On July 24 I posted about how much I liked taking workshops in weaving. Ironic, maybe, since it is such an individual activity in modern times. Anyway, I committed to another workshop with Elizabeth Buckley in New Mexico, this time in her studio in Albuquerque. So I will be spending the first weekend in November in Albuquerque, studying how to weave curves in tapestry and experiencing a long weekend of true autumn weather.
Curves in tapestry weaving are actually trompes l'oeils. Tapestry weaving in its standard form is a grid of right angles formed by the vertical warp, held straight under strong tension, and the vertical weaving of the weft. A number of the technical challenges have to do with keeping those angles at 90 degrees, and some creative variations play with distorting it. How then can you weave circles and curves?
It is best visualized on graph paper. How would you fill in the squares and rectangles of graph paper to create a circles and curves? Here are some illustrations that show how it is done.
When woven, the impression is of a (relatively) smooth curve. The finer the gauge of the weaving -- that is, the more warp ends per inch, the smoother the transition of the "curve". So getting a curved look depends on knowing your warps per inch, and seeing how much your weft packs down. Here is an image of a curve being woven, from the tutorial by the Mirrix Loom folks.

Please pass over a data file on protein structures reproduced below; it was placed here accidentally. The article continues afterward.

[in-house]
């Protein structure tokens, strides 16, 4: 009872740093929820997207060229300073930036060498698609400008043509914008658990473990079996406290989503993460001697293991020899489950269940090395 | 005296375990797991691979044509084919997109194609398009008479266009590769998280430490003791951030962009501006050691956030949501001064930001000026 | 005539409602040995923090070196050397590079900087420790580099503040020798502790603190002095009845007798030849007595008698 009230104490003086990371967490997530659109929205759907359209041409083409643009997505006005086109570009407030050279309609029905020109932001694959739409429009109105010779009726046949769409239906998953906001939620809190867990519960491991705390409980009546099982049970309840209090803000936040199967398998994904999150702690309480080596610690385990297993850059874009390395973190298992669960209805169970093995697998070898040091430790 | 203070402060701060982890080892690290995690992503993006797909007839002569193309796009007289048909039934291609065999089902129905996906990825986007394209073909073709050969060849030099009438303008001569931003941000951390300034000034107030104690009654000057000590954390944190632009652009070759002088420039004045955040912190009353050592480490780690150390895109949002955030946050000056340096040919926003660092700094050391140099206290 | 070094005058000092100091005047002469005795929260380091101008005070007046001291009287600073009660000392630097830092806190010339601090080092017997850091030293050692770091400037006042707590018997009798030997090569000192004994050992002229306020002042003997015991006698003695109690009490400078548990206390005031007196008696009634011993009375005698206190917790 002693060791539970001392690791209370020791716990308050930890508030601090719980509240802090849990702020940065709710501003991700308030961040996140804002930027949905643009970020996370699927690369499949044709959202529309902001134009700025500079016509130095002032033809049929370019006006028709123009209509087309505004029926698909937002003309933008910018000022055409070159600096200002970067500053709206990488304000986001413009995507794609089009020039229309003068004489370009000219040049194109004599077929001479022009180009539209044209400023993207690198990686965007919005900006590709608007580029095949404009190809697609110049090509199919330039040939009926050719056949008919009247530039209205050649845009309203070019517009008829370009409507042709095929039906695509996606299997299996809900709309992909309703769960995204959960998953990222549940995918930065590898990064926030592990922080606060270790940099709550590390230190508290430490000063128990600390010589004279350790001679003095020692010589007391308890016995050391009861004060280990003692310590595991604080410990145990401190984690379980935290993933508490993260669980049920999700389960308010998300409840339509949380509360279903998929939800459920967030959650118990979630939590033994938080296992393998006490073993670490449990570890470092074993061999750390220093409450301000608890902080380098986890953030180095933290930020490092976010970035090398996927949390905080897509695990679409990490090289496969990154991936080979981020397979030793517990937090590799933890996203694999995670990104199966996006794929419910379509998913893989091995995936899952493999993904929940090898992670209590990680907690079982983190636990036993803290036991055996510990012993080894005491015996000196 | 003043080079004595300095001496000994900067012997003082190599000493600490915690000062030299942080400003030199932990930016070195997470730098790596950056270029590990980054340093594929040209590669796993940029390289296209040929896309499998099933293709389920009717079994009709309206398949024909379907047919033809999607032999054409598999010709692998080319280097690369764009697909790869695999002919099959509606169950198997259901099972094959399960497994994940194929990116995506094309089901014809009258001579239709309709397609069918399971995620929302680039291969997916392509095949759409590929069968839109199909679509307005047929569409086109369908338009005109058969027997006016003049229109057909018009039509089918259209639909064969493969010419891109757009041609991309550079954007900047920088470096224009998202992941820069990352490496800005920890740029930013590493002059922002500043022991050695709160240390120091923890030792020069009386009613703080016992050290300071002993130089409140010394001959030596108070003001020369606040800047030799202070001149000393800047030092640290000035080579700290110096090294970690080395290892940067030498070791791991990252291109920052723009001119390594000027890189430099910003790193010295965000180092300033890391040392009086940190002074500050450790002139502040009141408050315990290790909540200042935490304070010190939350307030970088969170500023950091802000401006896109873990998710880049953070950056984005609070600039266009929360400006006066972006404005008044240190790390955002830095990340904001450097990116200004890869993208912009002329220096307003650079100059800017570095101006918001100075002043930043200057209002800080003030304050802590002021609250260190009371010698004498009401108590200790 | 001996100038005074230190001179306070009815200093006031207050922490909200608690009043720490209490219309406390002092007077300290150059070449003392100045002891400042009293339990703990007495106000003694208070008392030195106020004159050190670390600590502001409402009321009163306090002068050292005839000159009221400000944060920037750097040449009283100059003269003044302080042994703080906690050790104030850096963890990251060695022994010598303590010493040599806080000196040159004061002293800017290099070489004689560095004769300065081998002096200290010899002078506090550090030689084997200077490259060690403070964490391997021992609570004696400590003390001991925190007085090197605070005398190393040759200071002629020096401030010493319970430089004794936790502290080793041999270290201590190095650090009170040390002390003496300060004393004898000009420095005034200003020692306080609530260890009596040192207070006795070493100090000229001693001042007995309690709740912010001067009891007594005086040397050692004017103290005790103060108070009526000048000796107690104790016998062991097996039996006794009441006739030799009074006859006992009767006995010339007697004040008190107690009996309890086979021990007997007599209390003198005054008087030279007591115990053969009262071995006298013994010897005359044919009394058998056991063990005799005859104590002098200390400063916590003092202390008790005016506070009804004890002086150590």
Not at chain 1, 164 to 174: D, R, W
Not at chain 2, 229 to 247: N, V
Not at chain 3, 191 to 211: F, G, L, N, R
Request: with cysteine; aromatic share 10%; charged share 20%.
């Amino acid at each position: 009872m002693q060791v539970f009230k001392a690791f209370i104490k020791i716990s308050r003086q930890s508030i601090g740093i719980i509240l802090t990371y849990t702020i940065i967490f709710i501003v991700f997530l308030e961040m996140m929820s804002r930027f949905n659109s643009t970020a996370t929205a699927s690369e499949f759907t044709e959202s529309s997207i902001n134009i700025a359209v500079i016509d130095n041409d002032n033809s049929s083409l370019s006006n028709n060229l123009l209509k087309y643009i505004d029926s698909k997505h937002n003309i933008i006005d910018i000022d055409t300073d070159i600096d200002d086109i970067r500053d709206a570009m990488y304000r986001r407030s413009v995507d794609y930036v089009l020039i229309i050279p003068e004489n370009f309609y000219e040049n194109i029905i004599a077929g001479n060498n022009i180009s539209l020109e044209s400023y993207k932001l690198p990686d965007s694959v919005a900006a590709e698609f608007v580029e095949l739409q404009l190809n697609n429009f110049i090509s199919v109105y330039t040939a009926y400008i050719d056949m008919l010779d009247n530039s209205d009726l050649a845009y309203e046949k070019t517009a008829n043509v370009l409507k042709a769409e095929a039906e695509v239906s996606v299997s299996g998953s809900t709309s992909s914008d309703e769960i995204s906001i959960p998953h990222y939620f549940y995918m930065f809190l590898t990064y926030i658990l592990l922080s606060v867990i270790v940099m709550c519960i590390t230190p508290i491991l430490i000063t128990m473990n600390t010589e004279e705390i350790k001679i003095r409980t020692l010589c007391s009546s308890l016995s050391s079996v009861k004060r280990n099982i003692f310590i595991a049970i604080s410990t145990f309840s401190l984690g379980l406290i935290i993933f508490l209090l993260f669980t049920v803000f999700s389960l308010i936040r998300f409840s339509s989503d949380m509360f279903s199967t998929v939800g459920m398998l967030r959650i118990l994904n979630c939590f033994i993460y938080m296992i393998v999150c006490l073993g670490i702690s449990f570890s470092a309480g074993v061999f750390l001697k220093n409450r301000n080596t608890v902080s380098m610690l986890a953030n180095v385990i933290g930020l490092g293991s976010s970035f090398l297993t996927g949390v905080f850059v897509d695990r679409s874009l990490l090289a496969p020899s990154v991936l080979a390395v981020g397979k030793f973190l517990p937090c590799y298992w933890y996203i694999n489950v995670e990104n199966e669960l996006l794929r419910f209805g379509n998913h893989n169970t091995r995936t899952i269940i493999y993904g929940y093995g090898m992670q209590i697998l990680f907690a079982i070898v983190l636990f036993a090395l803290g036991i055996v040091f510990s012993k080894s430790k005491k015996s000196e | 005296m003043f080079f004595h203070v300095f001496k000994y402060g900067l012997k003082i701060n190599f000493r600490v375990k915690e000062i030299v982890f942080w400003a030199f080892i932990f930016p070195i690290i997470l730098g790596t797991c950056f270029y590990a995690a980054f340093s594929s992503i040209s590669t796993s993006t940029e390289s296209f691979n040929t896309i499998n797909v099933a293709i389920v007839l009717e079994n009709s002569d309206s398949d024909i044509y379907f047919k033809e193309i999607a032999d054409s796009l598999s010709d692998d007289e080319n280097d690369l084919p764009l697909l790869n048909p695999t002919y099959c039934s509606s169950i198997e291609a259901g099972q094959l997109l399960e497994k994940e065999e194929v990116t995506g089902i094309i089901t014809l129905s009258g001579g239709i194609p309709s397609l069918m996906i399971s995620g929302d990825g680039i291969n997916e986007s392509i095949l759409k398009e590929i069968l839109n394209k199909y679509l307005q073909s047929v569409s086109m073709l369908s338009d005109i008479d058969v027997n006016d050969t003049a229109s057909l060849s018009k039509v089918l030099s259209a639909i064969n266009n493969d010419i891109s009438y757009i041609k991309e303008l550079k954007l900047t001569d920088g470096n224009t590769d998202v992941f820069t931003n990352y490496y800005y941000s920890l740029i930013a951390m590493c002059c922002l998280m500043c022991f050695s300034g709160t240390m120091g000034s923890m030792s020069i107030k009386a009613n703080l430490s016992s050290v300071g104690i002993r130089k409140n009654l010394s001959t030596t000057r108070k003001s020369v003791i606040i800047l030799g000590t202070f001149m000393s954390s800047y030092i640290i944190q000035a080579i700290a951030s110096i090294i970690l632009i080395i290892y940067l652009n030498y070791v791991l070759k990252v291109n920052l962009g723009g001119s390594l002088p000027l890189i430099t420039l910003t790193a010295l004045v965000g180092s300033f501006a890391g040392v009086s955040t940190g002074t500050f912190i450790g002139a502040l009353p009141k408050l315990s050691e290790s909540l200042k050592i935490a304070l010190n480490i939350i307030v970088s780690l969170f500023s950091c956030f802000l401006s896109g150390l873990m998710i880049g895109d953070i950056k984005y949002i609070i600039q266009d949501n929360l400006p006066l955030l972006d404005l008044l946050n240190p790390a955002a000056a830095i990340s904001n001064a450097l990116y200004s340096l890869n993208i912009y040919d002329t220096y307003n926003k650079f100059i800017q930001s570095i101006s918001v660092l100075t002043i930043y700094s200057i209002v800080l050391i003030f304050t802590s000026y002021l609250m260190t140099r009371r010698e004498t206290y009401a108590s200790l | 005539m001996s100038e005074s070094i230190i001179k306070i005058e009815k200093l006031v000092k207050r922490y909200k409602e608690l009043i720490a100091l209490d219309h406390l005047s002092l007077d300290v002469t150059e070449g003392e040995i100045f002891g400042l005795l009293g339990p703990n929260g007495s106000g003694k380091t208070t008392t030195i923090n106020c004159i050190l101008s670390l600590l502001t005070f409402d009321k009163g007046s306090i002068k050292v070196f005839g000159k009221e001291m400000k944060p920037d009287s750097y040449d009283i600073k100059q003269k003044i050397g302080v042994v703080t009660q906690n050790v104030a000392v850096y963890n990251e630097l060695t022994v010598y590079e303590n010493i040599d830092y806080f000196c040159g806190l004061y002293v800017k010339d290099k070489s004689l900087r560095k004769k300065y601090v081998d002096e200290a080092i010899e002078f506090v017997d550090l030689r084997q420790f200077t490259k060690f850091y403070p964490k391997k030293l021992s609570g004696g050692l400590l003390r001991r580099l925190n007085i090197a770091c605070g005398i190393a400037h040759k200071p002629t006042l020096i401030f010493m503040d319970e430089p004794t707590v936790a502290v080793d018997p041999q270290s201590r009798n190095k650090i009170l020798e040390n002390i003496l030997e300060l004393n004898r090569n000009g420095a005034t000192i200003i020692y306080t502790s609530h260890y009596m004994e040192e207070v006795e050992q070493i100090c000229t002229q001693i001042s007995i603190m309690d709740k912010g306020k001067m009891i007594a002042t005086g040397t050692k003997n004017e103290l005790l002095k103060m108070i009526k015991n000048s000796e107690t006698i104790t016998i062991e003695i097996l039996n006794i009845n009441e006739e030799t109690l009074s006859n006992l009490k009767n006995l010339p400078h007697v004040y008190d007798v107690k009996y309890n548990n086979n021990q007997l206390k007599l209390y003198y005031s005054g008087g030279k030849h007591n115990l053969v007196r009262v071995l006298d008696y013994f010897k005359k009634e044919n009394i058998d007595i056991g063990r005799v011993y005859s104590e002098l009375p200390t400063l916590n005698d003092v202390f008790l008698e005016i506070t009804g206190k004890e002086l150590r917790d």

As you can see, you actually weave AROUND the circle until you would have to start weaving on top of the curve. You weave a space for the circle, and then start filling it in.
You really need to know how much your weft is packing down though -- I am much more likely to get a horizontally set oval, unfortunately
Anyway, even if you want curves and not circles, this is the basic method. So now I need to come up with a design with curves for the workshop, which means turning my attention away from my gray-tones experiments, my "China Red" pictures.
And, of course, imagining 4 gorgeous days of Albuquerque fall weather, I decided I needed to knit a sweater. Makes even me laugh. So Kim set some parameters: it had to be something fast, which meant, she said, I had to promise not to start reinventing and tweaking the design. And it had to be from stash. I accepted the challenge! So I started the seamless version of Katarina in Berroco Vintage in the color Tidepool (of course). I worred that it is too plain -- stockinette in a solid yarn -- but it fulfills two goals: a very quick sweater knit at a larger gauge (4 stitches to the inch) and the first of the sweaters I want to do that have you knit set in sleeves right onto the body of the sweater. And it is already going very quickly. It is pretty much impossible to photograph, though I will try to do so outdoors soon.